I'm middle background, the rest are male impersonators.
Our thirteenth juror was a sweet, doll-like woman. She was always well-dressed in a nice figure, with a skirt over leggings tucked into low boots that had a bit of flash. Well-cut platinum hair. Before deliberations could begin, though, she--as alternate--had to leave. I was sorry to see her go. 

During jury selection she'd mentioned she was an Artist. I’d asked about her work, and enjoyed our conversation. Always occupying the jury room chair to my right, she’d been a quiet, friendly presence all week, and would only return if one of us was unable to continue.

Another juror I’d chatted up was the Dog Trainer from Arizona. We’d shared, and shared again, our affection for border collies and the Grand Canyon. The Chaplain and I discussed elder care and good places to go for lunch. With the Renegade--the only other man in the group--I’d exchanged knowing nods and nonsensical small talk.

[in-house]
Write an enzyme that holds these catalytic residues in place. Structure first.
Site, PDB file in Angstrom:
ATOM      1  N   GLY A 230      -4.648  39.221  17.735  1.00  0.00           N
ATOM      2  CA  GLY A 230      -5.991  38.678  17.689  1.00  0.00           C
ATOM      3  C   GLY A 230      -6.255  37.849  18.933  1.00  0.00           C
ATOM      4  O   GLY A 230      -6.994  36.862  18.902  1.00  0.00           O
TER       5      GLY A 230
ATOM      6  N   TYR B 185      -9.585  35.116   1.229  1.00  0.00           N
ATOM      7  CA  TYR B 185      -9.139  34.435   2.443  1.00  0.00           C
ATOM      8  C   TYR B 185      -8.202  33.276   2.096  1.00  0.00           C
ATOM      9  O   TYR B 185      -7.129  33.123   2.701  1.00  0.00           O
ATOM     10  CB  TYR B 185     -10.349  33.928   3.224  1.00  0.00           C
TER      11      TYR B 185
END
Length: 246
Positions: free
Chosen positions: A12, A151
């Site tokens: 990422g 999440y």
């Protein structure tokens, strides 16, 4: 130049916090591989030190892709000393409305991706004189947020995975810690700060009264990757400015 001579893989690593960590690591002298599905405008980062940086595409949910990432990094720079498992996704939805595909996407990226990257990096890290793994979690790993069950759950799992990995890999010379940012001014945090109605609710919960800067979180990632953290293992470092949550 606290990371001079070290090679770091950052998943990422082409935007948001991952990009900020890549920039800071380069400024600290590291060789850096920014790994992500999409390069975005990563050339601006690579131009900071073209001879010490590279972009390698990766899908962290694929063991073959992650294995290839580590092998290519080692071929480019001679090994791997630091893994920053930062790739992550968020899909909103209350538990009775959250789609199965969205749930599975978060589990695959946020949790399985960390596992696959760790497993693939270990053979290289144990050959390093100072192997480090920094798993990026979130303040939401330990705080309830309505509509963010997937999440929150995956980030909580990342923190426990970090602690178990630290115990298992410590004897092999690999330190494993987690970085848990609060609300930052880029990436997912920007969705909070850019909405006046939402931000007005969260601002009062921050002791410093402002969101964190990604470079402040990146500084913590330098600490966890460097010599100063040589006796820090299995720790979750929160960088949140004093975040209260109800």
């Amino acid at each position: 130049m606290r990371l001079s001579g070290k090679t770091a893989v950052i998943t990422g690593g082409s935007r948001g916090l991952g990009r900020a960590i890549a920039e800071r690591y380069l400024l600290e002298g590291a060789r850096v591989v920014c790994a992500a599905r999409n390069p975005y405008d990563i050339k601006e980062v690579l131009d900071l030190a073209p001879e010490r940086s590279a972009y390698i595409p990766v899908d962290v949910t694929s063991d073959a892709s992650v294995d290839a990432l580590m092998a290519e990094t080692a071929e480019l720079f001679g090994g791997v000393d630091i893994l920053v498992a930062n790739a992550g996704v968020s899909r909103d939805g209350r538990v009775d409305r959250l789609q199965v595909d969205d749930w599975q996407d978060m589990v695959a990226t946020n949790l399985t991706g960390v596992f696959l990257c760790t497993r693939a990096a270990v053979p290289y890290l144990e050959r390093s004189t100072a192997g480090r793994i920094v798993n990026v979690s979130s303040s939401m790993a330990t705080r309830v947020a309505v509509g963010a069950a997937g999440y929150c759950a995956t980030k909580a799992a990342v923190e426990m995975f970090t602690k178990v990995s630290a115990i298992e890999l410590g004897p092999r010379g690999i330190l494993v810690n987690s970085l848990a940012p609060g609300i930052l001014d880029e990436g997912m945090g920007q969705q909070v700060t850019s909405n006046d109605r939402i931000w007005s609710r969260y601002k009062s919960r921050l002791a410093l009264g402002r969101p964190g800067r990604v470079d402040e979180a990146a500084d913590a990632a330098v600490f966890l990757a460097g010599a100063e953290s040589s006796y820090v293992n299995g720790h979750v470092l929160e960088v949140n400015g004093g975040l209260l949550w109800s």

Renegade dressed down, like a biker but more raggedy. Born in Viet Nam, he grew up in Texas, and was now an unemployed Boeing engineer. He had a scruffier beard than my own and bad teeth. Renegade liked to joke around, but his English was so iffy you couldn't be sure you were catching his drift.

By odd coincidence one of the jurors was this same court’s regular Reporter. Her butchness was well turned-out, but her demeanor was initially so forbidding, I was put off. After a couple of days, though, she warmed up, and during our deliberations would become the soul of good-natured calmness. On the very end of the table, lanky Banker’s droll humor and easy-to-listen-to laugh were another plus.  

Good Times